Your Guide to Medicare Prescription Drug Plans

Your Guide to Medicare Prescription Drug Plans

With the wide range of Medicare plans available, it's all too easy to feel overwhelmed with the selection. And, while the Original Medicare Part A (hospital insurance) and Part B (medical insurance) cover about 80% of medical needs, you may be looking for more—such as additional Part D coverage for prescriptions or even a Medicare Advantage Plan.

Medicare prescription drug plans can help strengthen your coverage. Here's what you need to know to choose the right drug coverage under Medicare.

What Are Medicare Prescription Drug Plans?

Medicare prescription plans help members cover the costs of their prescription medication. The cost that you pay as a member for a covered healthcare service after you've paid the plan's deductible is known as the co-payment. Members of Medicare plans get access to various types of coverage depending on what's available in each state as well as the individual plan itself.

Medicare drug plans come with a list of drugs covered by the plan known as a formulary. A plan's coverage typically includes at least two different drugs in the most common categories, giving members the opportunity to choose.

If your preferred brand-name drug isn't included, the plan may still offer a similar drug or a generic brand. However, if you decide to stick with your brand-name option, you might be responsible for a higher portion of the total cost — potentially even the whole amount.

Medicare prescription plans usually cover most common conditions. As of January 2021, your Medicare plan could even cover some insulin costs for diabetics to the tune of up to $35 for a 30 day supply.

How To Get A Medicare Drug Plan

When people mention prescription plans, they're often referring to a Medicare prescription plan option such as coverage under a Part D plan. Alternatively, they might mean a plan included as part of their Medicare Advantage Plan, which offers coverage similar to Original Medicare—parts A, B and usually drug coverage under Part D as well.

You can get a Medicare Prescription Drug Plan by applying for Medicare Part D or as part of your Medicare Advantage Plan application. The conditions for joining a Medicare Advantage Plan vary by state.

To apply for a Medicare Part D plan, you must first apply (and be approved) for Original Medicare — that is, Part A and Part B. If you wait to select Medicare Part D until after you first apply to Medicare, you could end up paying a late enrollment penalty down the road when you go to add it. In order to get any of these Medicare prescription plans, you need to be a US citizen or lawfully present in the United States.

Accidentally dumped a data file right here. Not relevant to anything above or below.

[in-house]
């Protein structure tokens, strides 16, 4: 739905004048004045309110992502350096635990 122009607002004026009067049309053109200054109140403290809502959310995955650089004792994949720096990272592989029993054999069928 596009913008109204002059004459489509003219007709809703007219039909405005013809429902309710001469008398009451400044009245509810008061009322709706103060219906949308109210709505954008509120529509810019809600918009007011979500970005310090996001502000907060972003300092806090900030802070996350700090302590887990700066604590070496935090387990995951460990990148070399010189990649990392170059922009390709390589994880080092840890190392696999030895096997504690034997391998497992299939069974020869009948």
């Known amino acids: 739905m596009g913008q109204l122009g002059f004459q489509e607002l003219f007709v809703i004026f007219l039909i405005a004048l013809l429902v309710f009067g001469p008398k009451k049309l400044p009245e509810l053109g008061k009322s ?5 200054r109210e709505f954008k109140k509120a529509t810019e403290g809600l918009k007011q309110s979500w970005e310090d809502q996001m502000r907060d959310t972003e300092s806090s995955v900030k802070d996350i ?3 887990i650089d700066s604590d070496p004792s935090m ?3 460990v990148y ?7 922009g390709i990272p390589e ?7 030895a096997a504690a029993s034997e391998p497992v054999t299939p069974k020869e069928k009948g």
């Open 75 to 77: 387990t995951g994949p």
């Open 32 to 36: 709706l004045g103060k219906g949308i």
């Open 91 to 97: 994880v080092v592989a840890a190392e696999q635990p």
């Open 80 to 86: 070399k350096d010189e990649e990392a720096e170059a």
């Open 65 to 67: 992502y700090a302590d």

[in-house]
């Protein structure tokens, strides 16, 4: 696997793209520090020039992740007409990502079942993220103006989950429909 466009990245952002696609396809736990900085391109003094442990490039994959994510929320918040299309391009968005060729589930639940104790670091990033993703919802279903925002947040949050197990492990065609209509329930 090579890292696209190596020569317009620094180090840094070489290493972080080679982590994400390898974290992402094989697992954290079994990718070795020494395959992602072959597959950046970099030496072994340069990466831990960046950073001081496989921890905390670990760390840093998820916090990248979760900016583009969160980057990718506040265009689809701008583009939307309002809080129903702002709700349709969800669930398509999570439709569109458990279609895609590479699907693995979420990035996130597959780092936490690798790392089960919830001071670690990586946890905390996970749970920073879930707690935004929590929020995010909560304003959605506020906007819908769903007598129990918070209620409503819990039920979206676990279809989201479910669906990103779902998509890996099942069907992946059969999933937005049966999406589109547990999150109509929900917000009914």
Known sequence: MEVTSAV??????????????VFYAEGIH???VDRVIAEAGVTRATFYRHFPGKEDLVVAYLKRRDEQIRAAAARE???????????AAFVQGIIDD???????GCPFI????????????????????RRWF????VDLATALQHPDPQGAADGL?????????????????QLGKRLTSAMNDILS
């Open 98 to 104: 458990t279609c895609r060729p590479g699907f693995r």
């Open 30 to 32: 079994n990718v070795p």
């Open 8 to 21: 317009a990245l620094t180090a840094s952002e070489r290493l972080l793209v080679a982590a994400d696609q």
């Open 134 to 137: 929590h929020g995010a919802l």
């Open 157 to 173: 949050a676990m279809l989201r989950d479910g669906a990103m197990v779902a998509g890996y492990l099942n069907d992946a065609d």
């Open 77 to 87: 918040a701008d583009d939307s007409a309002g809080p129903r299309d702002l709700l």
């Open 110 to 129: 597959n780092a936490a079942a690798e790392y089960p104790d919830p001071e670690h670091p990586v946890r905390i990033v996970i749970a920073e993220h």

How Medicare Drug Coverage Works

How do you know that your medication is covered by Medicare? Further, how do you know how much of the prescription payment is covered by the plan — or even just how much you will need to pay?

First, all Medicare plans must cover the drugs that people with Medicare commonly take. This includes drugs to treat conditions such as cancer and HIV/AIDs. However, your coverage may include a different brand name or a generic drug instead of the one you've been prescribed.

Second, Medicare plans typically include prescription drugs organized into tiers or levels according to their cost.

  • Tier 1 has the lowest co-payment and typically covers generic drug brands.
  • Tiers 2 and 3 have higher co-payments and typically cover brand-name drugs.
  • Tier 4 has the highest co-payment and typically covers the most expensive drugs.

To ensure your drugs are covered through a plan, log in or create an account through Sometimes, doctors may decide a higher-tier drug will be more effective for your condition. In these cases, you may apply for an exemption to reduce your co-pay.

Then, learn about the different Medicare plans available. Or, you might look at options for Medicare Advantage Plans, which can cover prescription drugs. With an online Medicare account, you can find and compare the various Medicare and Medicare Advantage plans and the drugs they cover. That way, you'll be equipped to choose the prescription plan best suited to your situation.

How Medicare Part D Coverage Works With Other Prescription Drug Plans

If you have other prescription drug insurance coverage, it's important to understand how your Part D plan will work with your existing coverage to help pay for your medication costs.

Other plans that could offer you coverage in combination with your Medicare Part D plan include:

  • Employer or union health coverage
  • Medicare Supplement Insurance (Medigap) plan that includes prescription drug coverage
  • Medicaid
  • Supplemental Security Income Benefits
  • State Pharmaceutical Assistance Program
  • Long-term care facility
  • HUD Housing Assistance
  • Food Stamps
  • Health insurance marketplace

According to the Medicare site, if you participate in the Federal Employee Health Benefits Program, the Civilian Health and Medical Program of the Department of Veterans Affairs (CHAMPVA), Indian Health Services or receive Veterans Benefits or TRICARE (military health benefits), it will most likely be to your advantage to keep your current coverage.

How To Find and Compare Appropriate Plans

As of October 2021, at least 10 different Medicare Plans, plus more Medicare Advantage plans, are currently available to Americans. Although it can be a challenge to figure out which option will best meet your budget and medical needs, one of the easiest ways to learn about each of the Medicare Plans. Then, compare Medicare plans using this handy Medicare Plan Finder.

For more information on Medicare Part D Drug coverage, visit or learn more about the prescription coverage under the Medicare Advantage Plan.

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